27 October 2016
Hong Kong's chief executives haven't been able to accomplish all that they wanted to do due to factors beyond their control, says Tung Chee-hwa. Photo: HKEJ
Hong Kong's chief executives haven't been able to accomplish all that they wanted to do due to factors beyond their control, says Tung Chee-hwa. Photo: HKEJ

Tung Chee-hwa blames system for governance failures since 1997

Hong Kong’s former leader Tung Chee-hwa acknowledged Monday that city’s governance post the 1997 handover hasn’t been as effective as that envisioned in the Basic Law.

He laid the blame on a defective system where the chief executive is not a leader of any political party while lawmakers come from various parties representing all kinds of interests.

Speaking at a luncheon hosted by Our Hong Kong Foundation, a think tank that he founded in 2014, Tung said bluntly that all chief executives since 1997 were faced with the reality that they couldn’t implement policies as effectively as they hoped.

The executive-led system has failed in some respects, Tung said, citing disputes among various groups and frictions in society.

Responding to the remarks, Chief Secretary Carrie Lam noted that Tung — who was Hong Kong’s first chief executive after the city’s return to Chinese sovereignty in 1997 — is a person with rich experience in administration and that his words were coming “from the bottom of his heart”.

While admitting that governance is becoming increasingly difficult, Lam however refused to put the blame on anyone, the Hong Kong Economic Journal reported.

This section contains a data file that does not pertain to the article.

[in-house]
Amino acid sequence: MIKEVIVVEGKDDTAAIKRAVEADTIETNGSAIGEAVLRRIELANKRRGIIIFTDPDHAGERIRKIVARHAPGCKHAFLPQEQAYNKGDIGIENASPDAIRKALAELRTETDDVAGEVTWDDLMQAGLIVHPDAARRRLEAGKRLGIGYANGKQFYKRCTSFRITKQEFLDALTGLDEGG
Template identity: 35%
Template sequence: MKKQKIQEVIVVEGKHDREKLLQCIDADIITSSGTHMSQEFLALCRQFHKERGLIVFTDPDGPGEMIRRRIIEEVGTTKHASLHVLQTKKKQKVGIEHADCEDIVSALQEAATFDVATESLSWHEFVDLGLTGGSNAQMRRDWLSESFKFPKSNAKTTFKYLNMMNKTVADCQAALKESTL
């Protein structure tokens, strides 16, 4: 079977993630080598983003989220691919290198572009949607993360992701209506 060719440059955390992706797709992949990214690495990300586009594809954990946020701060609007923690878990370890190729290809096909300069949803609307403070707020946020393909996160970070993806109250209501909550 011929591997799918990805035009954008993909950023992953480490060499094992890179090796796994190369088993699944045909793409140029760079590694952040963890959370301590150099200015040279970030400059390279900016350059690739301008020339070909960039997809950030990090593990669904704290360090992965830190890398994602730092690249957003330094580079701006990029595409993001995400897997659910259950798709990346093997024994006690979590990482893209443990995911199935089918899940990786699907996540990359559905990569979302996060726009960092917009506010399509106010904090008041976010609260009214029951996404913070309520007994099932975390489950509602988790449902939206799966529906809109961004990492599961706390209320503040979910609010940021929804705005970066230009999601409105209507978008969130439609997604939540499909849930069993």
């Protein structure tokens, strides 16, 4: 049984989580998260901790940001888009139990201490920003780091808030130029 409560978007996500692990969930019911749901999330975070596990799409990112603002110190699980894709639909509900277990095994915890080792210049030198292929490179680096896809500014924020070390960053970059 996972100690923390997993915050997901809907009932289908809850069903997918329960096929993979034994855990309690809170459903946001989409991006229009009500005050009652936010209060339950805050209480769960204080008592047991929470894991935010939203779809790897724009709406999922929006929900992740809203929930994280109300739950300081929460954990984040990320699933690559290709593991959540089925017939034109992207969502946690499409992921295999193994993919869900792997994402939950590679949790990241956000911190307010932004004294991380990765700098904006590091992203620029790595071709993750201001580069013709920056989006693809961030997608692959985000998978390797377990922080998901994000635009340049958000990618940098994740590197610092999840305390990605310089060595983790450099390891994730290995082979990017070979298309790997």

Tung suggested that the government allow more participation by the pro-establishment camp in administration and governance to build closer ties, but he reminded the camp to focus more on the overall interests of Hong Kong instead of just working to further their own interests.

As for the pan-democratic camp, Tung urged the “opposition faction” to play a constructive role in a rational manner.

Differences are normal among various groups in a democratic society, he said.

The government, meanwhile, should deal with the opposition through enhanced communication and seek to resolve differences by compromise, Tung said.

Lau Siu-kai, vice-chairman of the Chinese Association of Hong Kong & Macao Studies, said it is not impossible for the chief executive to form an alliance with the pro-establishment camp or his supporters.

However, such move could worry Beijing due to concerns that the leader will get caught up in party politics, said Lau, who was among the attendees at the Monday luncheon.

Liberal party chairman Felix Chung Kwok-pan said the government should communicate with all parties rather than just cooperate with the pro-establishment camp.

In other comments Monday, Tung slammed those in favor of Hong Kong independence.

The former chief executive stressed that it is imperative to prevent a small number of radical localists from promoting such ideology.

Independence or self-determination moves will not only be against the city’s constitution and law, they will also jeopardize Hong Kong’s economic development, Tung warned.

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